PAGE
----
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How to Make Grilled Pineapple Cocktail Syrup

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How to Make Grilled Pineapple Cocktail Syrup


There aren’t many fruits that I find more suitable for Traeger’s smoky grilled flavor than the pineapple. It’s the perfect grill for dishes like Pork Al Pastor, but smoky, grilled pineapple is also a killer ingredient in cocktails. That sweet and tart pineapple flavor is enhanced even more when imbued with a smoky, grilled flavor. And to get that flavor into my drinks, I need to turn my grilled pineapple into a syrup.

To begin, grab a one-pound pineapple, trim both ends, and discard the ends. I then prepare the pineapple for grilling by cutting it into slices, about 3/4 inch thick. You can probably get about six to eight slices from one pineapple. Don’t worry about the skin, it doesn’t hurt to leave it on, and in fact I find it brings some nice flavors along with it.

From there, it’s up to you to decide how long you want to cook the pineapple on the Traeger. For a smokier, richer flavor, I cook mine over low heat and lots of smoke for about fifteen minutes per side. But if you’re looking for a more charred flavor that comes from caramelizing the fruit sugars, then high heat for about three minutes per side works great.

In the meantime, combine a pound of sugar with a pint of water in a saucepan and place over low heat, stirring constantly, until sugar is dissolved. Pour syrup into a large bowl and set aside.

When your pineapple is done cooking, cut each slice into eight or so wedges and add the wedges to the bowl with the simple syrup, tossing to coat and cover. Leave the mixture to macerate for at least 4 hours (or up to 24) in the refrigerator, stirring from time to time. Strain the syrup into a clean bowl through a fine-mesh strainer and press on the pineapple with a ladle to extract as much liquid as possible. You can bottle and refrigerate the syrup for up to 4 days (plenty to get you through the weekend).

Okay, but then what do you do with your new smoky grilled pineapple syrup? Well, my favorite recipe is San Francisco bartender Erik Adkins’ take on a classic Cuban Daiquiri variation, the Hotel Nacional Special. I can’t think of a better summer pairing with pork.

Grilled Pineapple Cocktail Syrup


  • 1½ oz aged rum
  • ¾ oz fresh lime juice
  • ¾ oz Smoky Grilled Pineapple Syrup
  • ½ oz apricot brandy
  • 1 dash Angostura bitters

Combine the rum, lime juice, pineapple syrup, apricot brandy, and bitters in a cocktail shaker or mixing glass. Fill with ice cubes and shake until cold. Strain into a chilled cocktail glass. Garnish with a lime wheel and serve.

See Jeffrey’s full recipes for Smoked Pineapple Hotel Nacional Cocktail, Bacon Old-Fashioned Cocktail and our recipe for Smoked Cocktail Ice.

For more posts like this, read about the story behind how Jeffrey Morgenthaler created his Bacon Old-Fashioned Cocktail.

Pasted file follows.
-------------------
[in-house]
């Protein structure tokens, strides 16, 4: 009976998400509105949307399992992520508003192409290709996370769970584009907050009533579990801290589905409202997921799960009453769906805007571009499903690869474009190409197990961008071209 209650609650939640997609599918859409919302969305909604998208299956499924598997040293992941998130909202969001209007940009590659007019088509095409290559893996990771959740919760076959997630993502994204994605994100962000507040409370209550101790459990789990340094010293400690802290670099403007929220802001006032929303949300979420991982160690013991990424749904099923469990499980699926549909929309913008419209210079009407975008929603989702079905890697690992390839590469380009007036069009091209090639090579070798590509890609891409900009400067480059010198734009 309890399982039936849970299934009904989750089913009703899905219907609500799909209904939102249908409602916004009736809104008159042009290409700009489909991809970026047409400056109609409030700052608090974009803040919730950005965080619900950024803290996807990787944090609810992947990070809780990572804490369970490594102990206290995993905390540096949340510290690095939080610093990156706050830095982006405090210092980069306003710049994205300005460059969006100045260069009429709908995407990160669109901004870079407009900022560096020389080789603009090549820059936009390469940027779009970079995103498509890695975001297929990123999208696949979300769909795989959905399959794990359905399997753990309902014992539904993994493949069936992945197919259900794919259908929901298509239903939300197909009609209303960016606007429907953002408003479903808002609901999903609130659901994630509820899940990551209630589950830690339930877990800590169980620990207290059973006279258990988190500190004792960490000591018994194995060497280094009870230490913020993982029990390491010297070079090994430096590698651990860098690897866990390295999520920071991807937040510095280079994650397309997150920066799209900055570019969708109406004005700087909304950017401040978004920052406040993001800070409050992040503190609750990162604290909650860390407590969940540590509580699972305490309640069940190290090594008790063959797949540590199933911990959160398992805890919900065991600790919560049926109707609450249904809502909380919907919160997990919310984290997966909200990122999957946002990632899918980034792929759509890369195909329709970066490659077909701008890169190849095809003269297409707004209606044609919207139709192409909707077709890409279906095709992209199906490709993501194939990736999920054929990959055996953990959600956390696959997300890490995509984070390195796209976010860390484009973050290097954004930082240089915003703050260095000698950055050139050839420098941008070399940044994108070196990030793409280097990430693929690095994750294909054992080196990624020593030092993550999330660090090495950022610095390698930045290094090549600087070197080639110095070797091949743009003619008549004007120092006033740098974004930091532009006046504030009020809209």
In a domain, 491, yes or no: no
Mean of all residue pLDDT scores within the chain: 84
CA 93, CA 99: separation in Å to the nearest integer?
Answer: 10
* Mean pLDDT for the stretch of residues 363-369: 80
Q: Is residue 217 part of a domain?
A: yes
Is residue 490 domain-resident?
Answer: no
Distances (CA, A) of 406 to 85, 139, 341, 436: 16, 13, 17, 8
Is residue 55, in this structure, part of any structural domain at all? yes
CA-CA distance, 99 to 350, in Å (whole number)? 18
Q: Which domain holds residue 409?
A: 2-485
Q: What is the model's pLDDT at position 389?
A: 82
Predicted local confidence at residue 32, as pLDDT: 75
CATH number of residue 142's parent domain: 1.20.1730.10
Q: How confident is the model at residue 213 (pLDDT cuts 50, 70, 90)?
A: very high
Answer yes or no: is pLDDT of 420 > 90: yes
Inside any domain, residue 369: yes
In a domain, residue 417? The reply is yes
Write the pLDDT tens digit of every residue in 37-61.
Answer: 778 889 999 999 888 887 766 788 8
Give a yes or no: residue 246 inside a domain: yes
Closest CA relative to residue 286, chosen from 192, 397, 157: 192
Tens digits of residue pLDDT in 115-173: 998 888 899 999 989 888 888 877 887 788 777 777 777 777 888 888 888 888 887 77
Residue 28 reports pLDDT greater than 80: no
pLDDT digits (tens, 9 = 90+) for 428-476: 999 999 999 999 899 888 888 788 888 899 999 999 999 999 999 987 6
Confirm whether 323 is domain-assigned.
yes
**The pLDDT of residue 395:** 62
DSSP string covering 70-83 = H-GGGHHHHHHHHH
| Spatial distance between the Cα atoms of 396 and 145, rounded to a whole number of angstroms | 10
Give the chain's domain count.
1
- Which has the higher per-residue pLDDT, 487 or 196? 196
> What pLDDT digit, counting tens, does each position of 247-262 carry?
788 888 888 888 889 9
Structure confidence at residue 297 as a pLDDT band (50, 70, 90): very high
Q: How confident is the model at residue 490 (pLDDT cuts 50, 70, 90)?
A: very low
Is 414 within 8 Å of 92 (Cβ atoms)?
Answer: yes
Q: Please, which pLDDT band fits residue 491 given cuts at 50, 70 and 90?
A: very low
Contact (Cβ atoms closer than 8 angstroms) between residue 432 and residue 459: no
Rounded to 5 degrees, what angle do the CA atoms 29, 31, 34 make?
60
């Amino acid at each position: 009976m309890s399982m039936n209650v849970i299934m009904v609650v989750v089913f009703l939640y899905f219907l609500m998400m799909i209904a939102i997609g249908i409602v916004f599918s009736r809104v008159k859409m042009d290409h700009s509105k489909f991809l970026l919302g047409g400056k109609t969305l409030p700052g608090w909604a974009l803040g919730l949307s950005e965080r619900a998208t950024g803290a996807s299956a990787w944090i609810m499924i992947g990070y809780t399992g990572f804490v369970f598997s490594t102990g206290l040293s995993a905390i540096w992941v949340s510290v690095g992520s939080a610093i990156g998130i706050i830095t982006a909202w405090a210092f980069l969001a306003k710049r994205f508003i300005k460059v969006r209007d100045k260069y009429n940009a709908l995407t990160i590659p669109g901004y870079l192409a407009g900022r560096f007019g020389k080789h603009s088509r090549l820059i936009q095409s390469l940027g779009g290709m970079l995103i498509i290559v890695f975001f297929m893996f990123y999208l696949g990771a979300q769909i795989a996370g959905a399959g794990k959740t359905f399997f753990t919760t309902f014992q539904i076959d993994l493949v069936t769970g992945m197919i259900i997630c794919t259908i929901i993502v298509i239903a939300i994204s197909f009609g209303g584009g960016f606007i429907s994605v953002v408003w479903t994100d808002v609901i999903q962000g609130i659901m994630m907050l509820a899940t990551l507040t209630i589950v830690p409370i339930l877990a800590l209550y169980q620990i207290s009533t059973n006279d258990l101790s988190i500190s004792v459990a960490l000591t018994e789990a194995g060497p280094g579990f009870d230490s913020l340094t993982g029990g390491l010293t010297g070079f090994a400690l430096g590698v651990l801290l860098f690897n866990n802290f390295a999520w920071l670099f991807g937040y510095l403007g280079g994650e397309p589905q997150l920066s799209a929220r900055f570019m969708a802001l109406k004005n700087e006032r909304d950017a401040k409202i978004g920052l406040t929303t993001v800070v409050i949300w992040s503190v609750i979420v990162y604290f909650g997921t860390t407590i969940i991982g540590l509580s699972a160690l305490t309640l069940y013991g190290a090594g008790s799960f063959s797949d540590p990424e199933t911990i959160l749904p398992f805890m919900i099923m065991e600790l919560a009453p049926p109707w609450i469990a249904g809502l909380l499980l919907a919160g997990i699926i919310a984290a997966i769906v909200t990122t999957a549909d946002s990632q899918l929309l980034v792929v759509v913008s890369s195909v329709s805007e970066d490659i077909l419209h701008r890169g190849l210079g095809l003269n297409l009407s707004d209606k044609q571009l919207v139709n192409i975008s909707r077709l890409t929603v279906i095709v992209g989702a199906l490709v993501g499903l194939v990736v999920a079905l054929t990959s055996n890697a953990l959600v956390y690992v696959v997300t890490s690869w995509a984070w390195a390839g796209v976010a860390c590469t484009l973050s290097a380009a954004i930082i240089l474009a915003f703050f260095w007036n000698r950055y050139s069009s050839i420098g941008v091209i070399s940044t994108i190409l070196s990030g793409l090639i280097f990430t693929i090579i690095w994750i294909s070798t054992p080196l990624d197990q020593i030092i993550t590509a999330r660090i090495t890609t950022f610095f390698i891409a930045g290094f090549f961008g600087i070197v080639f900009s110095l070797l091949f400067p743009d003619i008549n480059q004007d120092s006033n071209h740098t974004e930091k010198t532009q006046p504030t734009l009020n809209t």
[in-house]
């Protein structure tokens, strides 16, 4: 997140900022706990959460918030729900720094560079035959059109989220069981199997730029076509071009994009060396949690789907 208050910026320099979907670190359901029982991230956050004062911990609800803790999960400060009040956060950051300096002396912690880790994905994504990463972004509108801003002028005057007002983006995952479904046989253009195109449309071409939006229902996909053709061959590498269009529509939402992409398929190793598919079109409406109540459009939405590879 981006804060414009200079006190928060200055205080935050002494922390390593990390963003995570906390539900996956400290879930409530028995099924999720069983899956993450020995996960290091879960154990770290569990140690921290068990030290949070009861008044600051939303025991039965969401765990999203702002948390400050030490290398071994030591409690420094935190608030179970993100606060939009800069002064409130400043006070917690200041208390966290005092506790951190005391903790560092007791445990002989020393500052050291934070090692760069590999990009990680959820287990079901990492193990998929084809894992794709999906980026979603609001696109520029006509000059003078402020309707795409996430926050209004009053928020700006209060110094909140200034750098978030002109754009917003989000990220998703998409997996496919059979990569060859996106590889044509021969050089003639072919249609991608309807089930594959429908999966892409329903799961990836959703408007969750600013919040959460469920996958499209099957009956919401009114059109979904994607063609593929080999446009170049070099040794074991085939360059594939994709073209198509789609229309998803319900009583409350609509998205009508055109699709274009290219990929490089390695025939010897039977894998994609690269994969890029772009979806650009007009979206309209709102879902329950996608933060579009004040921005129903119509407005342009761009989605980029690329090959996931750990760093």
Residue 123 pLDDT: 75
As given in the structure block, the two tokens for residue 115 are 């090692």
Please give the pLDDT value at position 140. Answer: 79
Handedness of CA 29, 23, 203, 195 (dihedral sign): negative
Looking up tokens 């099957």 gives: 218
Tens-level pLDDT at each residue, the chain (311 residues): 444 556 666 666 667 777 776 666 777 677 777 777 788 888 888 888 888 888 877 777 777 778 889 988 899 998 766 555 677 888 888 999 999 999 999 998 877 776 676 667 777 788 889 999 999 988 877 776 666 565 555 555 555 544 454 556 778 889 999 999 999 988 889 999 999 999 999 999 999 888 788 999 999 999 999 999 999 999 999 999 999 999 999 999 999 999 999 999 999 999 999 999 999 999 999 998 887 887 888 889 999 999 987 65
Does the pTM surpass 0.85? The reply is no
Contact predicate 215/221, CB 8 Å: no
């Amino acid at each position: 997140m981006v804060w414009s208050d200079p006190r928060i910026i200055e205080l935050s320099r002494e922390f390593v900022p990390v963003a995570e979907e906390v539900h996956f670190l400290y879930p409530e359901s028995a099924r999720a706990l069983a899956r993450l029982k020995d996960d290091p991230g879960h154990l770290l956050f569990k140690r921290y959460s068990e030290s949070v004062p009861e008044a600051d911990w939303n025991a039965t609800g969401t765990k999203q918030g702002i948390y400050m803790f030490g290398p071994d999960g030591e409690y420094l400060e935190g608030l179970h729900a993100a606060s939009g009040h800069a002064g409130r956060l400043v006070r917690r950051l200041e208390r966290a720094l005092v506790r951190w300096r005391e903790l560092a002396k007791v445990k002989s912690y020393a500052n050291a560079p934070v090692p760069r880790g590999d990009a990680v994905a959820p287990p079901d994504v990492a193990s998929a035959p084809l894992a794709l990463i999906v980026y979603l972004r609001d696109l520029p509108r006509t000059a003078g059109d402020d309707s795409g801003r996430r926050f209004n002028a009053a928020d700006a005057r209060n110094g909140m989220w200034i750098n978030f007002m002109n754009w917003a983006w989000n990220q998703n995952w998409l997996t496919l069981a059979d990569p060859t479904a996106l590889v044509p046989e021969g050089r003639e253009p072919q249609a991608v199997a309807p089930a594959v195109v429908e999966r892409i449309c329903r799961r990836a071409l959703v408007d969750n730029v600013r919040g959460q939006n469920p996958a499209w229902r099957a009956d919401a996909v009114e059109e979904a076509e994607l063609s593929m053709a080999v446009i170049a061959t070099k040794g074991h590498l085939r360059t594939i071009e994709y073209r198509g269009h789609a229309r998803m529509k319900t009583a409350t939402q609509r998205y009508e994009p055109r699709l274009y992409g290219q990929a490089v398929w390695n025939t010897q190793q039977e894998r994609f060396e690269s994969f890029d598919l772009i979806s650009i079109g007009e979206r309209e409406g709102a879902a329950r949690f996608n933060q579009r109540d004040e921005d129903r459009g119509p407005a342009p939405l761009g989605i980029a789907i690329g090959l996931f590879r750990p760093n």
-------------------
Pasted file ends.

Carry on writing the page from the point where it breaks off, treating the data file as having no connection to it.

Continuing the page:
Smoked Pineapple Hotel Nacional Cocktail

by Jeffrey Morgenthaler

Prep Time

20 Min

Cook Time

20 Min





Sit back, relax, and stay awhile. This smoked twist on the famous Cuban cocktail is darn good. You won't know what hit you...until it hits you.

Smoked Pineapple Simple Syrup
1 pineapple
1/4 Cupwater
1/4 CupSugar
1 1/2 Ounceaged rum
3/4 Ouncefresh lime juice
1/2 Ounceapricot brandy
1 DashAngostura bitters
Ice, for shaking
1 lime wheel, for garnish
  • 1

    Make the smoked pineapple simple syrup: When ready to cook, set the Traeger temperature to 180℉ and preheat with the lid closed for 15 minutes. For optimal flavor, use Super Smoke, if available.

  • 2

    Trim both ends of the pineapple, then slice into rounds about 3/4 inch thick (leave the skin on).

  • 3

    Place the pineapple rounds directly on the grill grates. Close the lid and smoke for about 15 minutes per side.

  • 4

    While the pineapple is smoking, combine the water and sugar in a small saucepan. Cook over low heat, stirring constantly, until the sugar has dissolved. Pour the syrup into a large bowl.

  • 5

    Remove the pineapple from the grill and cut each round into eight wedges. Transfer the wedges to the bowl with the simple syrup and toss to coat. Cover the bowl, transfer to the refrigerator, and let the pineapple soak in the syrup for at least 4 hours and up to 24 hours, stirring occasionally.

  • 6

    Strain the syrup through a fine-mesh sieve into a clean bowl, pressing on the pineapple with the back of a ladle or large spoon to extract as much liquid as possible. If desired, pour the syrup into an airtight container and refrigerate for up to 4 days.

  • 7

    Make the cocktail: In a cocktail shaker, combine the rum, lime juice, 3/4 ounce pineapple syrup, the apricot brandy, and bitters. Fill with ice and shake until cold.

  • 8

    Strain the cocktail into a chilled glass. Garnish with the lime wheel and serve immediately. Enjoy!

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